A new interprovincial trade deal is about to make Manitoba-based businesses more competitive on the national and international stage, provincial Trade Minister Cliff Cullen says.
Manitoba signed on to the Canadian Free Trade Agreement with other provinces and territories Friday. Cullen said it will make it easier for Manitoba businesses to access opportunities that exist in other provinces.
"The CFTA means better jobs for Manitobans, a stronger economy for Manitoba and better access to goods and services across our country," Cullen said.
"This historic agreement will enhance the free movement of goods, open markets for service suppliers, strengthen investment commitments and improve access to government procurement opportunities across the country."
The deal replaces the Agreement on Internal Trade (AIT), which was viewed by some as outdated and limited in scope.
The CFTA extends coverage from the 11 sectors covered on AIT to nearly all economic sectors in Canada. "[This means] there won't be any gaps and that everybody will know what the rules are," Cullen said.
Cullen said aspects of the trade deal will keep governments from imposing technical regulations to "create unreasonable and unnecessary obstacles to trade."
The agreement could also increase trade transparency and create a more efficient dispute resolution process for business owners who claim to have been treated unfairly in a deal.
The CFTA is based on a comprehensive "negative list" approach that applies to all government measures unless specifically exempt in rare cases. "I assure you Manitoba will have the fewest exemptions of any other jurisidiction to allow for the free-flow of goods and services," Cullen said.
Cullen said Manitoba businesses accounted for $18.8 billion in exports to other provinces and territories in 2015, which translates to 52 per cent of overall exports or almost 30 per cent of provincial GDP.
The latest trade deal is also meant to modernize Canada's international commitments so they better align with trade deals such as the Canada–European Union Comprehensive Economic and Trade Agreement.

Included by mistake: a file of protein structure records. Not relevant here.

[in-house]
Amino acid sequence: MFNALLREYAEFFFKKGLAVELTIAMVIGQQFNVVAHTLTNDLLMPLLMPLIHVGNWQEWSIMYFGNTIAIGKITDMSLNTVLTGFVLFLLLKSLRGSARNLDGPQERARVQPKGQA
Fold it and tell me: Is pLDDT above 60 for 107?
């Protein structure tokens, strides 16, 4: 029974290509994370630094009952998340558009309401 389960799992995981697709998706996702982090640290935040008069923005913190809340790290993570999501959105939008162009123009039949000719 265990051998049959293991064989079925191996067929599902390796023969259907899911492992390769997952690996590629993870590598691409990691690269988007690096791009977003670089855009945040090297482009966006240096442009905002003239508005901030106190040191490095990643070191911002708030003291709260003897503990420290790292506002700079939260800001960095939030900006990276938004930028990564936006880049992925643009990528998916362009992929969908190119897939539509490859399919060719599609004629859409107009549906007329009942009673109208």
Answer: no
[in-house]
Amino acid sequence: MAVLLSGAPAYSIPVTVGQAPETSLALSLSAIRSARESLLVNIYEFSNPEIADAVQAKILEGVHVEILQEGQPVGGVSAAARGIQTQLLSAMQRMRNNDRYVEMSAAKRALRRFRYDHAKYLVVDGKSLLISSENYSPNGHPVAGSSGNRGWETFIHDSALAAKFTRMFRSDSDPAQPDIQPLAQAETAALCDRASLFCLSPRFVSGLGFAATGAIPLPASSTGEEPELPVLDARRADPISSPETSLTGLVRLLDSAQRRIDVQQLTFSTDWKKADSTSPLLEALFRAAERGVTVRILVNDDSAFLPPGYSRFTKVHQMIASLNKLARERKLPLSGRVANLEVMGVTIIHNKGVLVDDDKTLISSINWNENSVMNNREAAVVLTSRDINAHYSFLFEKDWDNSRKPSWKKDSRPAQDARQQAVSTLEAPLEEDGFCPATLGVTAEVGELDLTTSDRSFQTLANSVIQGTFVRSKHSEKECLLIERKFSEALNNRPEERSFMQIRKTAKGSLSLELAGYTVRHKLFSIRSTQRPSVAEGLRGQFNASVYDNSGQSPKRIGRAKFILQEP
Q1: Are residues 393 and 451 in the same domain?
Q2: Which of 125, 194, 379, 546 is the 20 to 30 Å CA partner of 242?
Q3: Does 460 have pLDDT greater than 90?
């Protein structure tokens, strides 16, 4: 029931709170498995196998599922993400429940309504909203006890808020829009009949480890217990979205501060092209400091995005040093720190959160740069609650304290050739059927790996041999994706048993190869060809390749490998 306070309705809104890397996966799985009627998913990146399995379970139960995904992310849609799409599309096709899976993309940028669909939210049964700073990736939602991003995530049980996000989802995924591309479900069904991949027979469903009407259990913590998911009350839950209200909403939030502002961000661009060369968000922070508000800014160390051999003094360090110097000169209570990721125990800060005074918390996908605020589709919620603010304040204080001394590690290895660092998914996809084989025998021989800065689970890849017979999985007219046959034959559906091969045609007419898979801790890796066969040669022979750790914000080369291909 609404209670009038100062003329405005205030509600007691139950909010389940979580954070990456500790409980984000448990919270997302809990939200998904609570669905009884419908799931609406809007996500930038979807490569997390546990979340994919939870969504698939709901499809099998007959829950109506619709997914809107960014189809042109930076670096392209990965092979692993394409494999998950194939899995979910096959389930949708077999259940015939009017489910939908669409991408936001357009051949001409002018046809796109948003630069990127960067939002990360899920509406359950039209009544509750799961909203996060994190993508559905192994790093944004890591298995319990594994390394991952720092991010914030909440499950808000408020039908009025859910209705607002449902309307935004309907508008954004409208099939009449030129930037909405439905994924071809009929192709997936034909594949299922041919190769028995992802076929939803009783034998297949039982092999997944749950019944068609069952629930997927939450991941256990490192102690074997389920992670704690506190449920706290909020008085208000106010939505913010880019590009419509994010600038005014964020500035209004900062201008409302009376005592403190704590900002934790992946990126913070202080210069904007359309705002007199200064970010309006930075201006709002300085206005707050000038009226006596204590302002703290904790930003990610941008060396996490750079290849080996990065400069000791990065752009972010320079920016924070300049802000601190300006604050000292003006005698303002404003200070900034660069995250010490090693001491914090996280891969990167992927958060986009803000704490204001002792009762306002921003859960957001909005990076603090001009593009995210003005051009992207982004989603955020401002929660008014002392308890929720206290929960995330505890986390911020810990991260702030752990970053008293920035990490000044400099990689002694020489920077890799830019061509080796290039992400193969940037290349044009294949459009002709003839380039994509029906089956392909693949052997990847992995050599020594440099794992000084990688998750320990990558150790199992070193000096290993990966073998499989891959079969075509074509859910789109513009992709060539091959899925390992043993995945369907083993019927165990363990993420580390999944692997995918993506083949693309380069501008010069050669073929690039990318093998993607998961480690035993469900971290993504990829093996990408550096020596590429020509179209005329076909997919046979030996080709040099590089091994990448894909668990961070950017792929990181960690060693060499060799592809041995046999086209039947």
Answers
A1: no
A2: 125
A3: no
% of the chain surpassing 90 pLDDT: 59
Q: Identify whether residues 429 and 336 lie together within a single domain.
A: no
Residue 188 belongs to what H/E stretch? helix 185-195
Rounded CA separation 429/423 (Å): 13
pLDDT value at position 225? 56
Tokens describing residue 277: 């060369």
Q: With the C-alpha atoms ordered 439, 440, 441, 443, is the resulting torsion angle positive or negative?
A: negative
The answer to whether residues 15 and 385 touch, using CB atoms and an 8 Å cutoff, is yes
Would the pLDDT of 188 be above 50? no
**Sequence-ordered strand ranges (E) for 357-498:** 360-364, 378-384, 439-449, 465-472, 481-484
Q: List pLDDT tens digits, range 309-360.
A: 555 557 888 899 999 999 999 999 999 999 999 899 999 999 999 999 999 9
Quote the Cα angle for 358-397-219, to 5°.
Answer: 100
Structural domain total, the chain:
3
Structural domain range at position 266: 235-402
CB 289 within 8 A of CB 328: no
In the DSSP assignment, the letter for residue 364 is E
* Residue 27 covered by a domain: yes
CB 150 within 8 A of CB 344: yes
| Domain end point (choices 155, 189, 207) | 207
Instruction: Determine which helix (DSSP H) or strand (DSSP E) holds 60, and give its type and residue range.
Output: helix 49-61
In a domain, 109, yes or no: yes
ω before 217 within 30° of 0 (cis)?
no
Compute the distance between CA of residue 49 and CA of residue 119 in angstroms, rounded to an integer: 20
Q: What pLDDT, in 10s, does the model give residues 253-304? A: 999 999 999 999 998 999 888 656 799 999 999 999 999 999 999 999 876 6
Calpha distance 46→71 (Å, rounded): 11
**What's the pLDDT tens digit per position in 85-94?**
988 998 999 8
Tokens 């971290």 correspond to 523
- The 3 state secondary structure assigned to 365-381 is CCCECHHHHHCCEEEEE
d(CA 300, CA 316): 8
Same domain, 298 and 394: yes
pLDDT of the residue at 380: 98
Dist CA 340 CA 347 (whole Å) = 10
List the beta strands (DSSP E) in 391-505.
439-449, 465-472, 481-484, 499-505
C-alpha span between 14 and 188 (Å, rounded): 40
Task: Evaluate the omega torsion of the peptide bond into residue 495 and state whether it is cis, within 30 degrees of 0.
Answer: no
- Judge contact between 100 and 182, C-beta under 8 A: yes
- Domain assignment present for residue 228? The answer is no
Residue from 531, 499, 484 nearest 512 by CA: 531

"Without this new agreement Canadians would have more open trade with Europe than with other Canadian provinces and territories," Cullen said. "We could've faced a ridiculous situation where it would've been easier for companies to do business with Norway rather than Newfoundland and that clearly wouldn't make any sense."
A CFTA review panel will focus on things like standardizing labelling and packaging classification rules for consumer products, harmonizing interprovincial safety standards and finding ways to make it cheaper and easier for Manitobans to work in more than one province.
'Fighting the red-tape'
Keystone Agricultural Producers and the Canadian Federation of Independent Business applauded the new agreement.
KAP president Dan Mazier said Canada imports more than $47 billion in meat, grain and vegetables from countries around the world every year.
Mazier said 90 per cent of CFIB members wanted Canada's premiers to step up and commit to reducing red tape that got in the way of business.
"We are pleased this new deal has the comprehensiveness and transparency needed to continue fighting the red-tape barriers that undermine prosperity for businesses across the country," Mazier said in a statement.
Pallister was absent during the Friday announcement and also wasn't present for at a press conference where the province revealed it will close three Winnipeg emergency rooms in an effort to streamline access to health-care.